The idea of curing a tumor with a fish therapy has been around for decades.
However, it is still not widely available.
In a new study, scientists from the University of Texas at Austin have shown that a single dose of the therapy can eradicate a cancer-causing protein from a cell.
They report their results in the journal Cell on March 8.
In the study, the scientists engineered cells to express a gene that can be used to destroy cancerous proteins.
This gene, which is part of a family of proteins called the sarcomas p38 proteins, is a critical component of normal cell growth and function.
However it can also cause a type of inflammation called fibrosis, which can lead to cancerous growths in other parts of the body.
In this study, they engineered cells in which the cancer-defective gene was deleted and engineered them to express it.
When the cells were injected into mice, they found that they could knock out the sarcolemmal protein p38 and stop the fibrosis.
They found that, in some cases, it was as effective as chemotherapy.
The researchers also found that treatment with this gene could be more effective than chemotherapy for other sarcoma-related proteins such as tumor necrosis factor-alpha (TNF-alpha), tumor necrotizing agent (TNA), and nuclear factor-κB (NF-κb), which play a role in the cancer cells’ self-renewal.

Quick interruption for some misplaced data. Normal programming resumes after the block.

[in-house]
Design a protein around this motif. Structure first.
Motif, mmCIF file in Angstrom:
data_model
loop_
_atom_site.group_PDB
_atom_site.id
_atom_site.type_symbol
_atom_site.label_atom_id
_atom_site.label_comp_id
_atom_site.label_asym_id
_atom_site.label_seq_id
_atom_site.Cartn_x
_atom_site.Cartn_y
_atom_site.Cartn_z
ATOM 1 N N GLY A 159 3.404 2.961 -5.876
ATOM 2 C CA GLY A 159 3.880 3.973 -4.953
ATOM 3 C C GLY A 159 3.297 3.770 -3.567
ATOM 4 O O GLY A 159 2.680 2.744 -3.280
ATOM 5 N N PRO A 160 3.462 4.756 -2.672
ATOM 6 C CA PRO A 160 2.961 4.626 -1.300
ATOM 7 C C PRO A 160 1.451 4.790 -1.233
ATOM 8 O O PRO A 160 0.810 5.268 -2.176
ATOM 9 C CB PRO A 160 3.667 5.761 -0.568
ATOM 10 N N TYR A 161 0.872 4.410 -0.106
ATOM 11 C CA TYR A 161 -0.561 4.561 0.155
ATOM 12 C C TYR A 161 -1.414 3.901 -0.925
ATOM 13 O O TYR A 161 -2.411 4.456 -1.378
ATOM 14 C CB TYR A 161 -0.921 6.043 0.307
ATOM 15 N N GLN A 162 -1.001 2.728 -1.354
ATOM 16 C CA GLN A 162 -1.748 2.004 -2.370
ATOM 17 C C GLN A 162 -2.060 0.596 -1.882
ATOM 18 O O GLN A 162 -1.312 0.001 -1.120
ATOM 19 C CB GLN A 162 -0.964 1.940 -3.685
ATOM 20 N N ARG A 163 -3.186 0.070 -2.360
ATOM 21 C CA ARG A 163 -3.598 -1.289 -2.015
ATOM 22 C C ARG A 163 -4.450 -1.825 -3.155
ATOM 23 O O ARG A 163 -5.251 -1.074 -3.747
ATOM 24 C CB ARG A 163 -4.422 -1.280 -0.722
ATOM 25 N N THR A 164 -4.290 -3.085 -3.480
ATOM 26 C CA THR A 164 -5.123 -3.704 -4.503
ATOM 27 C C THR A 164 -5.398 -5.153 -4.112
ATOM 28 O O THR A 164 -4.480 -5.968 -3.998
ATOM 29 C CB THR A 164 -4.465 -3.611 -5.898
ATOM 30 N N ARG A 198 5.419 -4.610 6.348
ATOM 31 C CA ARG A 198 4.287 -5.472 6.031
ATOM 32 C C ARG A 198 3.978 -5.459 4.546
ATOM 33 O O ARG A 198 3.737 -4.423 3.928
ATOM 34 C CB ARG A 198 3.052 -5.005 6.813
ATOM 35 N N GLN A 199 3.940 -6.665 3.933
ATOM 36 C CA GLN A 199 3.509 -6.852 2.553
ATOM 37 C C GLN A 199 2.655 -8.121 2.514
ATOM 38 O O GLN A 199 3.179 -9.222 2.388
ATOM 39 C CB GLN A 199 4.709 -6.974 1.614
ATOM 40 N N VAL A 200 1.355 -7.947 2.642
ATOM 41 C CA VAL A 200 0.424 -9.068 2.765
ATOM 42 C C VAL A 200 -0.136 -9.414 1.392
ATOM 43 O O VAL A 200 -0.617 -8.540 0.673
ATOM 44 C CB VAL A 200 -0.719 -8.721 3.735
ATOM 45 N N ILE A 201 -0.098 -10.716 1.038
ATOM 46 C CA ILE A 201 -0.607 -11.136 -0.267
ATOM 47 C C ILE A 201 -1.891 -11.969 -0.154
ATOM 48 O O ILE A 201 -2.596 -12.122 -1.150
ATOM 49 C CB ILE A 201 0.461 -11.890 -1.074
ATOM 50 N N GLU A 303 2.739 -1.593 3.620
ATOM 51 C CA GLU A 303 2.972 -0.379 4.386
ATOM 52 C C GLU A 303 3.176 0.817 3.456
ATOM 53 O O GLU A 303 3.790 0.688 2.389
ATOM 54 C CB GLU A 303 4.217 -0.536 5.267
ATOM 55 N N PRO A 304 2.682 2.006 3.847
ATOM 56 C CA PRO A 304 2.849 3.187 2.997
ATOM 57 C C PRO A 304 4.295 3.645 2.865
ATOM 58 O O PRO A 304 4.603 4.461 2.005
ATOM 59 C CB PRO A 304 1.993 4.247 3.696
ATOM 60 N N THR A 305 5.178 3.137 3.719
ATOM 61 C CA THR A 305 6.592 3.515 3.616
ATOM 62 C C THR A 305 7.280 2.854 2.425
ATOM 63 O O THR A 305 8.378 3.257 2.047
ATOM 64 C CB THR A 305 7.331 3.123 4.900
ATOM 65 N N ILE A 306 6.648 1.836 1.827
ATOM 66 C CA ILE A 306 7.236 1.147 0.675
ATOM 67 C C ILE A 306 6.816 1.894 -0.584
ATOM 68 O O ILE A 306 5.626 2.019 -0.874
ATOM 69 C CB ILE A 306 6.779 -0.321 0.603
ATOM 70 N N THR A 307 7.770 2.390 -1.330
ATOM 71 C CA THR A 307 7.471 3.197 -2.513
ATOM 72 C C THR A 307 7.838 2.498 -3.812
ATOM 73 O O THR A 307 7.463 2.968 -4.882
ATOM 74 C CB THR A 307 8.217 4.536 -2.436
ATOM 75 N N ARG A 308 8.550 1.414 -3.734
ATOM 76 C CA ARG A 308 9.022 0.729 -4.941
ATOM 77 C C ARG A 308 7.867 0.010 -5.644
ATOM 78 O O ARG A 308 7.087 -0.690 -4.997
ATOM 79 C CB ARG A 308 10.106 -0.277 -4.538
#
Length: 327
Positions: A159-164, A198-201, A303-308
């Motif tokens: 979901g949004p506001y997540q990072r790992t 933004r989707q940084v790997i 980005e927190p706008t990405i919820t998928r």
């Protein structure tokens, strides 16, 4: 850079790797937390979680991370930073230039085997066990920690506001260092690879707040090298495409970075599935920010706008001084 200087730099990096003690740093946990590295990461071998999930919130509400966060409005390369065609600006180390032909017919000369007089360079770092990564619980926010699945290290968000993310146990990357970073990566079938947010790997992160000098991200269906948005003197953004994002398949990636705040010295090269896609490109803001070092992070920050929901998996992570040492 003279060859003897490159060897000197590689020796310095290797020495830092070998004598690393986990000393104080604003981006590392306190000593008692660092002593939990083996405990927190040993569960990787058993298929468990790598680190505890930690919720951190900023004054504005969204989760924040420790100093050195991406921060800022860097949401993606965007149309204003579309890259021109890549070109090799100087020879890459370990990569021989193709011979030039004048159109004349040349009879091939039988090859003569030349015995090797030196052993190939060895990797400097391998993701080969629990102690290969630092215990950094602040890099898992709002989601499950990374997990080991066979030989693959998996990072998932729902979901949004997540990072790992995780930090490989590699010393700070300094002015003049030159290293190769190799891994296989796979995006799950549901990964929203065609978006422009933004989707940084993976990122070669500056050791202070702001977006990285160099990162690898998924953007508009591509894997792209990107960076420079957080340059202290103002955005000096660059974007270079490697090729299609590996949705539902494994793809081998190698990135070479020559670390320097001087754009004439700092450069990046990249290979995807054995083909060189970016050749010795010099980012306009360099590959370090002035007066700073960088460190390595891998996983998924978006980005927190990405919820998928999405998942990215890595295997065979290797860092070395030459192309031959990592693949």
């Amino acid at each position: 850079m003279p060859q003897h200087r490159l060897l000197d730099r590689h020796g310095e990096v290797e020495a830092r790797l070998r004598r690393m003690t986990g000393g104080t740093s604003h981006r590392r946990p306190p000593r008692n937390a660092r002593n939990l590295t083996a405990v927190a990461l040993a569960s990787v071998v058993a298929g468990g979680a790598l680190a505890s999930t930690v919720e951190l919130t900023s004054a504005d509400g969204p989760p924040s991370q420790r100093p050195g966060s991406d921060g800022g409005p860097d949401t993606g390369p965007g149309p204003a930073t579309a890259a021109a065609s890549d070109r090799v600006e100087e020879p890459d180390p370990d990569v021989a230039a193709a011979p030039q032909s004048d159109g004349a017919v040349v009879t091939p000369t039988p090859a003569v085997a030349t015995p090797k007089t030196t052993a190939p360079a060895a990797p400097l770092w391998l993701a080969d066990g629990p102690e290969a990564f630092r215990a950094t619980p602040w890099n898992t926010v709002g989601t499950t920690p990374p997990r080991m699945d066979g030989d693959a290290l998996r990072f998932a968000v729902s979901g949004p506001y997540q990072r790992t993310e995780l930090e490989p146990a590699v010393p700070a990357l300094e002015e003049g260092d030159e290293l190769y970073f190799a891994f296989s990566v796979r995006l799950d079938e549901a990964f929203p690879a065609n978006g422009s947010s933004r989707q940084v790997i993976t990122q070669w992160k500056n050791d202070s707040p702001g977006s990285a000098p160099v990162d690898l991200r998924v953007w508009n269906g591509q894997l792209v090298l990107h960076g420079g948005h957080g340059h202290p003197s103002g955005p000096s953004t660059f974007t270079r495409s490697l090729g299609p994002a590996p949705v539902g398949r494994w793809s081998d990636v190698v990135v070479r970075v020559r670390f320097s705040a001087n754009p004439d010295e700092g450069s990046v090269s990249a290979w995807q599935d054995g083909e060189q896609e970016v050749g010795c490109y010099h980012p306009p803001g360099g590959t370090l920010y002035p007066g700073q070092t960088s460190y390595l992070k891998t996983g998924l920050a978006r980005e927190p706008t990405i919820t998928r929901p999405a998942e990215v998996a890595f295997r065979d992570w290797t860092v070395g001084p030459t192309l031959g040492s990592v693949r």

In addition, they also found a reduction in the level of tumor necrophages, the cells that are part of the immune system.
The study is important because cancer cells, like all other cells, have a genetic code that tells them how to divide.
This genetic code is called the germline, and it contains instructions for all of the genetic instructions that control the growth and division of cells.
But cancer cells don’t have this genetic code.
They also don’t know what instructions they are getting from their genetic code, so they can’t figure out what to do with it.
In other words, cancer cells have no idea what instructions to send to themselves to make them grow and multiply.
To find out how this genetic information might be misused, the researchers engineered cells so that they were genetically programmed to be able to divide and multiply according to a set of instructions.
They then injected the cells with this genetic programming.
They found that the treatment with the gene-directed therapy could effectively kill cancer cells in a dish.
The cells were harvested after 24 hours and then cultured to remove the cancerous cells.
The researchers found that these cells were killed by the treatment, and this was also true for cells treated with a cancer vaccine.
The team also found the treatment had no effect on normal cells, which were not affected by the therapy.
They believe that this study shows that a therapeutic gene is not only more effective for killing cancer cells than chemotherapy, but that it also can kill normal cells in the dish as well.
“We have shown for the first time that we can kill cells in vitro, and that the tumor cell death can be prevented with a therapeutic treatment,” says Daniel G. Pate, a professor of biological engineering at UT Austin and one of the study’s senior authors.
“This is a first step in identifying a therapy that can effectively treat cancer and its precursors, but more research is needed to find out what other cancers this gene can be targeted to.”###”The therapeutic gene can also prevent the growth of tumor cells,” Pate adds.
“It has also shown that it can kill cancerous tumors in mice.
This study is exciting because it shows that it has the potential to be a treatment for cancers and their precursers.”###The study was funded by the National Institutes of Health (grant R01CA027849).